Rhythm Changes’ first official event kicked off on 5 May with a lively symposium on ‘Jazz and Identity’ at the Maijazz Festival in Stavanger. I was invited to present a paper as part of the event and concluded the day with a discussion with the main speaker, writer and critic Stuart Nicholson. Stuart is a strong advocate of the European jazz scene and gave an interesting talk that developed ideas from his influential book Is Jazz Dead? (Or Has it Moved to a New Address). In demonstrating the global and ‘glocal’ impact of jazz, Stuart used a language analogy to describe the way in which local jazz dialects emerge and are flavoured by national characteristics, describing jazz as the product of local scenes and environments, as well as national cultures.
During our closing session, we exchanged views on a variety of subjects, from the politics at Lincoln Center in New York to The Nordic Tone. Whilst we agreed a lot about the diversity of the European jazz scene, our main discussion points revolved around the consequences of falling back on national stereotypes to explain the eclectic and creative qualities of jazz today.
In the context of wider European culture where the national is often used to promote xenophobia and fear of ‘otherness’, I stressed how important jazz was as a music in its ability to encourage trans-national collaborations and styles. In effect, one of the main qualities of jazz, as I see it, is the music’s ability to transcend national and geographical borders and to challenge cultural stereotyping.
Building on this, I argued that instead of viewing identity as something fixed, we should think about it as dynamic and discursive.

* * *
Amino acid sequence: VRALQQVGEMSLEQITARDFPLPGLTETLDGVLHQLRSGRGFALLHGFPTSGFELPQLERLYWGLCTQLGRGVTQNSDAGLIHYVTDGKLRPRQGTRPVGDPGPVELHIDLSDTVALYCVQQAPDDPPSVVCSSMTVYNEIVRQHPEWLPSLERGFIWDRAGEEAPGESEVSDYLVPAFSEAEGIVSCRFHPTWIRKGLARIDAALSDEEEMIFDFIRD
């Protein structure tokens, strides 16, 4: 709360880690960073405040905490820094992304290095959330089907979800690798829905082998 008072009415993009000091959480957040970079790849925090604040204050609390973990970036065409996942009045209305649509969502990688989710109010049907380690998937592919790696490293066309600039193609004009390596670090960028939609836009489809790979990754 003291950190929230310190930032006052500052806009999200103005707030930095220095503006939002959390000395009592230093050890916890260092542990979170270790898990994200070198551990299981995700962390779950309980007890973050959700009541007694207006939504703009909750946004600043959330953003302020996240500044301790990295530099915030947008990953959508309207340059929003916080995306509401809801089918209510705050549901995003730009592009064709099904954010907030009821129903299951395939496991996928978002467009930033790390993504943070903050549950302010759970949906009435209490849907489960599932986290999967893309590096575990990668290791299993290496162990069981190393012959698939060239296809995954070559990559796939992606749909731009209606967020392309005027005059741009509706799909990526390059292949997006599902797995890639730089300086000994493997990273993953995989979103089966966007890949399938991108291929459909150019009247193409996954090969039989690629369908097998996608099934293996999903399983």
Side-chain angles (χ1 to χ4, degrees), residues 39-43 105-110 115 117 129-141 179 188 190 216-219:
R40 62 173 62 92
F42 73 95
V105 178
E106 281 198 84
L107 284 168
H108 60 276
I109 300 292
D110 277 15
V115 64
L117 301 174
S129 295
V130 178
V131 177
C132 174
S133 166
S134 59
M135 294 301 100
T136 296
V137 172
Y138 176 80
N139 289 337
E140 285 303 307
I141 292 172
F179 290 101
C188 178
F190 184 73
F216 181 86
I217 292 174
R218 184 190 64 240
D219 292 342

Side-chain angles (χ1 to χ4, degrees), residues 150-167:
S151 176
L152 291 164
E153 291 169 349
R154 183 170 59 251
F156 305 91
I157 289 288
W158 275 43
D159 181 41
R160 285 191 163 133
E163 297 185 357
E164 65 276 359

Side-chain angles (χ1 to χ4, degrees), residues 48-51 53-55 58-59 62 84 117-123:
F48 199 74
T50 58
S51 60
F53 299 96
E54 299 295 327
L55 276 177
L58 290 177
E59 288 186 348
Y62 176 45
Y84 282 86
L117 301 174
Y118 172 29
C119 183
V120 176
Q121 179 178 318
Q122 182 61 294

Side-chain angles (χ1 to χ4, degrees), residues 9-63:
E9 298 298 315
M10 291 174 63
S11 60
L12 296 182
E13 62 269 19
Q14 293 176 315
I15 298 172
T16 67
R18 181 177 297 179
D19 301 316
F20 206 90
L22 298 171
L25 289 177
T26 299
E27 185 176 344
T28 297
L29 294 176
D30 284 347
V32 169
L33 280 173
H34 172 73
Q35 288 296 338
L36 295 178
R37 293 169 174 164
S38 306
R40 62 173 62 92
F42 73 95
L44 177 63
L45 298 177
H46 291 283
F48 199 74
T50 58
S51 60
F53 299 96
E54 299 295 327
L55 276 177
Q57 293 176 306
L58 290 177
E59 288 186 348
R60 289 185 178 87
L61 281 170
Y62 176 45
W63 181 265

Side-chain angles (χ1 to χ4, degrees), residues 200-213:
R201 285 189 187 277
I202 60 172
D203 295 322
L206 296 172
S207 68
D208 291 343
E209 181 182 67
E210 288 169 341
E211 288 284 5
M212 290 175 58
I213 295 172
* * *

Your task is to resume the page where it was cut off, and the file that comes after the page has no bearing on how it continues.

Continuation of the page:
I suggested, for example, that we could consider the Nordic Tone a cultural construct which served a variety of purposes and reinforced certain values and beliefs. One of my main points was that we need avoid talk of national culture in jazz as something essential, and I suggested the strategy of resistance to African American essentialism (that both Stuart and I have followed) should also be applied to European contexts – the Nordic Tone, for example, is not an expression of some collective Scandinavian consciousness.
Stuart agreed that not every artist coming out of Scandinavia expressed themselves in this way but, in defence of his position, stressed that when you listen to South African jazz (or other musics from around the world), you know exactly what it is. Whilst this is undoubtedly true, we need to distinguish between codes and conventions that have developed within specific cultural, social and politically determined contexts, and music as some kind of natural sound with inherent qualities.
I would argue that the assumption that musical codes and conventions represent some kind of deep-rooted national consciousness is deeply flawed and ignores the complexity of identity formation today. I guess the challenge moving forward is to understand the way in which jazz continues to develop amidst changing social, cultural and political conditions without our readings of the music, and the expressions of the musicians themselves, being contained by those conditions.